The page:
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Best Famous Lucan Poems

Here is a collection of the all-time best famous Lucan poems. This is a select list of the best famous Lucan poetry. Reading, writing, and enjoying famous Lucan poetry (as well as classical and contemporary poems) is a great past time. These top poems are the best examples of lucan poems.

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Written by Andrew Marvell | Create an image from this poem

Tom Mays Death

 As one put drunk into the Packet-boat,
Tom May was hurry'd hence and did not know't.
But was amaz'd on the Elysian side, And with an Eye uncertain, gazing wide, Could not determine in what place he was, For whence in Stevens ally Trees or Grass.
Nor where the Popes head, nor the Mitre lay, Signs by which still he found and lost his way.
At last while doubtfully he all compares, He saw near hand, as he imagin'd Ares.
Such did he seem for corpulence and port, But 'twas a man much of another sort; 'Twas Ben that in the dusky Laurel shade Amongst the Chorus of old Poets laid, Sounding of ancient Heroes, such as were The Subjects Safety, and the Rebel's Fear.
But how a double headed Vulture Eats, Brutus and Cassius the Peoples cheats.
But seeing May he varied streight his song, Gently to signifie that he was wrong.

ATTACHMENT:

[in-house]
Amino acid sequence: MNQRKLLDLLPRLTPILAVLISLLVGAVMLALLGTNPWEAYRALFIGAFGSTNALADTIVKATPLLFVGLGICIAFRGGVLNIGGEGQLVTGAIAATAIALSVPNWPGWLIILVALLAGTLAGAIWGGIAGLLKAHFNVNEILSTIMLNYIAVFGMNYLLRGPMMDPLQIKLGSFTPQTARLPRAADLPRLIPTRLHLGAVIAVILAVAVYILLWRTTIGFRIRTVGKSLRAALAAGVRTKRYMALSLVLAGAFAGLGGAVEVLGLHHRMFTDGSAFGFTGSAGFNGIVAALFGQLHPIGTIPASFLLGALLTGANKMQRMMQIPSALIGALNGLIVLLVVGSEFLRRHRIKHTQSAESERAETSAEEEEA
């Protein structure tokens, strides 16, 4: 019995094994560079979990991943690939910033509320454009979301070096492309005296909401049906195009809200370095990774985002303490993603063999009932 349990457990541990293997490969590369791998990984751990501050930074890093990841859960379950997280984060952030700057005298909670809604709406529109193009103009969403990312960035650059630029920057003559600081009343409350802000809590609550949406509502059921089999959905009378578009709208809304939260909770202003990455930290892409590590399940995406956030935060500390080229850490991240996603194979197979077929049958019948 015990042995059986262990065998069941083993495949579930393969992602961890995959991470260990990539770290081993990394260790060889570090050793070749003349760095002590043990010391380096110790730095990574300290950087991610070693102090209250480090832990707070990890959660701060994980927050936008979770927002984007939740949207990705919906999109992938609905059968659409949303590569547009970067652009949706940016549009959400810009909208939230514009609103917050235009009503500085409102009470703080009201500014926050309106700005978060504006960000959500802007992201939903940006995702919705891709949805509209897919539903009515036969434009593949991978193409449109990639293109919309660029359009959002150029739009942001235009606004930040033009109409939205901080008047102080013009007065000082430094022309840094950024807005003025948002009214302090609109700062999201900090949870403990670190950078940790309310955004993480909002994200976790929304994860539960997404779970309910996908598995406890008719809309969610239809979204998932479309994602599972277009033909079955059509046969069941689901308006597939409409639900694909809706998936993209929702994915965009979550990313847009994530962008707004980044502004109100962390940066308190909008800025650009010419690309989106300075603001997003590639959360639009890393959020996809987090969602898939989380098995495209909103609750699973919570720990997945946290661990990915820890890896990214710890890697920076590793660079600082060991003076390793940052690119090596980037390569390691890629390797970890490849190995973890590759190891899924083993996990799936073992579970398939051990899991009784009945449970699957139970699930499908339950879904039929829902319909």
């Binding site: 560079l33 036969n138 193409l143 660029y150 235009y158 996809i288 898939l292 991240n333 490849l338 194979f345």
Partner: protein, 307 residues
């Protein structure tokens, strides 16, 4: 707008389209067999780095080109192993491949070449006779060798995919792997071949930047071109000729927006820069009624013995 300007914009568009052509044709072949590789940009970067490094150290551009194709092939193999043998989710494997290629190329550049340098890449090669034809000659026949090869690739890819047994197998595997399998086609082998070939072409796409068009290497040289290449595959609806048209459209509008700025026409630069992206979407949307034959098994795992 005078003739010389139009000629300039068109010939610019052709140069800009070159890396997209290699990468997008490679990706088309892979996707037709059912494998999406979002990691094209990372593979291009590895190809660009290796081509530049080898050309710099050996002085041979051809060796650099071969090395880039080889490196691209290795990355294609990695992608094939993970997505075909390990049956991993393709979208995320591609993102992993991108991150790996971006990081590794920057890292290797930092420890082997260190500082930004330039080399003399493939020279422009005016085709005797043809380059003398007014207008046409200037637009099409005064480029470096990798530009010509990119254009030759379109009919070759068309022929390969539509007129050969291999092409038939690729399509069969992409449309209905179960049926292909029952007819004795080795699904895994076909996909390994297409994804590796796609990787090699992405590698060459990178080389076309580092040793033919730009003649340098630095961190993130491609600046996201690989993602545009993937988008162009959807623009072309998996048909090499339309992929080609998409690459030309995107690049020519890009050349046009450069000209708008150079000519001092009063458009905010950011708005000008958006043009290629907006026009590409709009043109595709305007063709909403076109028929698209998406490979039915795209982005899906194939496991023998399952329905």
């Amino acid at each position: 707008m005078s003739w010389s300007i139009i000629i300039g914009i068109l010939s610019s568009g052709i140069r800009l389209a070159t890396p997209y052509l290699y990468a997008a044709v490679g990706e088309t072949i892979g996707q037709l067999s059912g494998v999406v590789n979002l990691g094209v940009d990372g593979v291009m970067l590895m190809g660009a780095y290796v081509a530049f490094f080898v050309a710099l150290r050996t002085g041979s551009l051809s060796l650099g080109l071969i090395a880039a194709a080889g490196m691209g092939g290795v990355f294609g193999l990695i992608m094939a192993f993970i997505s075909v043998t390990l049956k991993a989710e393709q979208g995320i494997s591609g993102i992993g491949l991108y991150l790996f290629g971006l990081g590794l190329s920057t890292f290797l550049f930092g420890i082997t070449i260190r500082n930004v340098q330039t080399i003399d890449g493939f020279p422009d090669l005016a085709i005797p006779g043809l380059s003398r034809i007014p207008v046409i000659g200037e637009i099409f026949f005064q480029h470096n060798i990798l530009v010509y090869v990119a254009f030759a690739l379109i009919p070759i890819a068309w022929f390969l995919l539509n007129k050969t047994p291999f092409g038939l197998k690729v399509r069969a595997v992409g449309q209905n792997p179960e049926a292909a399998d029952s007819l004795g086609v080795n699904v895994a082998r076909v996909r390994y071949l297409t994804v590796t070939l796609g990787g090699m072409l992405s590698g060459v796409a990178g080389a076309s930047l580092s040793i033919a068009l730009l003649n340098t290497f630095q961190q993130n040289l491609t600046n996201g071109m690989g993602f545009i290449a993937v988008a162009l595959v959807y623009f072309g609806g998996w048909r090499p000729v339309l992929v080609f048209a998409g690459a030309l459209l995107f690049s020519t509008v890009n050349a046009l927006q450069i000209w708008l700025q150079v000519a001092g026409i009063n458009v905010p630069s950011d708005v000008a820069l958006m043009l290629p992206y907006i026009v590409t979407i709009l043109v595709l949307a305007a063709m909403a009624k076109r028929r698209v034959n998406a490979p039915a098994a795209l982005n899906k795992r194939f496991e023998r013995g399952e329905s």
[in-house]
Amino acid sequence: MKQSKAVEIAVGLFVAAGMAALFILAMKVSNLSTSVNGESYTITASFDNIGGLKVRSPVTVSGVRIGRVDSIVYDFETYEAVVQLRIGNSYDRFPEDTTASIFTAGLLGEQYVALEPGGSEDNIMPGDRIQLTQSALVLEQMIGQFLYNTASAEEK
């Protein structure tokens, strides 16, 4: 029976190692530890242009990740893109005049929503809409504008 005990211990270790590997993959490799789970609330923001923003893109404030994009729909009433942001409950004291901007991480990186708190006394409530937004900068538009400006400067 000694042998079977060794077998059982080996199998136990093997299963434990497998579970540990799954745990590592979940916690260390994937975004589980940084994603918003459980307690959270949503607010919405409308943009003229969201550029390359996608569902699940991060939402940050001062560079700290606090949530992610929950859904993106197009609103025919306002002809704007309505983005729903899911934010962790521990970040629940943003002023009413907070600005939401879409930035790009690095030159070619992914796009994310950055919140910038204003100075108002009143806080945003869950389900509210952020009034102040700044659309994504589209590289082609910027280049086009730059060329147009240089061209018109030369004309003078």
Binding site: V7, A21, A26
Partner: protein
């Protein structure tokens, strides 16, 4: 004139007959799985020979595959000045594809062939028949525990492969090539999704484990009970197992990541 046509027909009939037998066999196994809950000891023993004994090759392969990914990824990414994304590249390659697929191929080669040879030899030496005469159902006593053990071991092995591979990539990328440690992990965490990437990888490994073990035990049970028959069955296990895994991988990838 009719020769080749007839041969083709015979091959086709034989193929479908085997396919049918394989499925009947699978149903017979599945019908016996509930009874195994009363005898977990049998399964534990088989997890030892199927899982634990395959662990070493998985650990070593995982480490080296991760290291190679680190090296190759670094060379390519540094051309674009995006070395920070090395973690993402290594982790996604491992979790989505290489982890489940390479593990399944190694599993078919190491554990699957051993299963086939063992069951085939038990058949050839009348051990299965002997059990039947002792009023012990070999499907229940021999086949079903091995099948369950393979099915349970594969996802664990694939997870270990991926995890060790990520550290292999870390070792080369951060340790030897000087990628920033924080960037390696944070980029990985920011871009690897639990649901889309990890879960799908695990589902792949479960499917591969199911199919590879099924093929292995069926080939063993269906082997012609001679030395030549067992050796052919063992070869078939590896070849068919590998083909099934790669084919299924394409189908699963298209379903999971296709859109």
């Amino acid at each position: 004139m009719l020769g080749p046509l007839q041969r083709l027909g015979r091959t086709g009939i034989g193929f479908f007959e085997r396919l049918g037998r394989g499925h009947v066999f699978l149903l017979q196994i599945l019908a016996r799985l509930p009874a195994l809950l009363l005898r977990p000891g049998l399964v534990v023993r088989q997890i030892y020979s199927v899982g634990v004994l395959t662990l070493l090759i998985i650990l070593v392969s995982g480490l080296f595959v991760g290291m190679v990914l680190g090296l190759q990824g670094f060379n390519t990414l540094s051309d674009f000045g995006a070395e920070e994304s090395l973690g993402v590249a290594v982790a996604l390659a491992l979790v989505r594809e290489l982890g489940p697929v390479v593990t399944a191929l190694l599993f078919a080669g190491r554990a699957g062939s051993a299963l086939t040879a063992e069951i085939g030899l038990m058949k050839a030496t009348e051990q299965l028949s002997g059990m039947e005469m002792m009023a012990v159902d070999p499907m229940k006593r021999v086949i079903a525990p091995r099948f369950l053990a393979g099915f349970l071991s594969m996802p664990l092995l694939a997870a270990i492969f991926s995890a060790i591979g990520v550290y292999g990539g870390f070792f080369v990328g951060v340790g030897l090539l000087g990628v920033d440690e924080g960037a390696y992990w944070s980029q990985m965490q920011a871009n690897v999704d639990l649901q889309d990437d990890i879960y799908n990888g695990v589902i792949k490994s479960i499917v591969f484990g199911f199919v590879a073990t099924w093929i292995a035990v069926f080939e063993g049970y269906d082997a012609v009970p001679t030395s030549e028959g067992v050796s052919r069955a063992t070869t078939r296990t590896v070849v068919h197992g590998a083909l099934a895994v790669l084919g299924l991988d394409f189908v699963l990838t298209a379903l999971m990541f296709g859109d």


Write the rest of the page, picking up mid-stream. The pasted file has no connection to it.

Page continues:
Cups more then civil of Emilthian wine, I sing (said he) and the Pharsalian Sign, Where the Historian of the Common-wealth In his own Bowels sheath'd the conquering health.
By this May to himself and them was come, He found he was tranflated, and by whom.
Yet then with foot as stumbling as his tongue Prest for his place among the Learned throng.
But Ben, who knew not neither foe nor friend, Sworn Enemy to all that do pretend, Rose more then ever he was seen severe, Shook his gray locks, and his own Bayes did tear At this intrusion.
Then with Laurel wand, The awful Sign of his supream command.
At whose dread Whisk Virgil himself does quake, And Horace patiently its stroke does take, As he crowds in he whipt him ore the pate Like Pembroke at the Masque, and then did rate.
Far from these blessed shades tread back agen Most servil' wit, and Mercenary Pen.
Polydore, Lucan, Allan, Vandale, Goth, Malignant Poet and Historian both.
Go seek the novice Statesmen, and obtrude On them some Romane cast similitude, Tell them of Liberty, the Stories fine, Until you all grow Consuls in your wine.
Or thou Dictator of the glass bestow On him the Cato, this the Cicero.
Transferring old Rome hither in your talk, As Bethlem's House did to Loretto walk.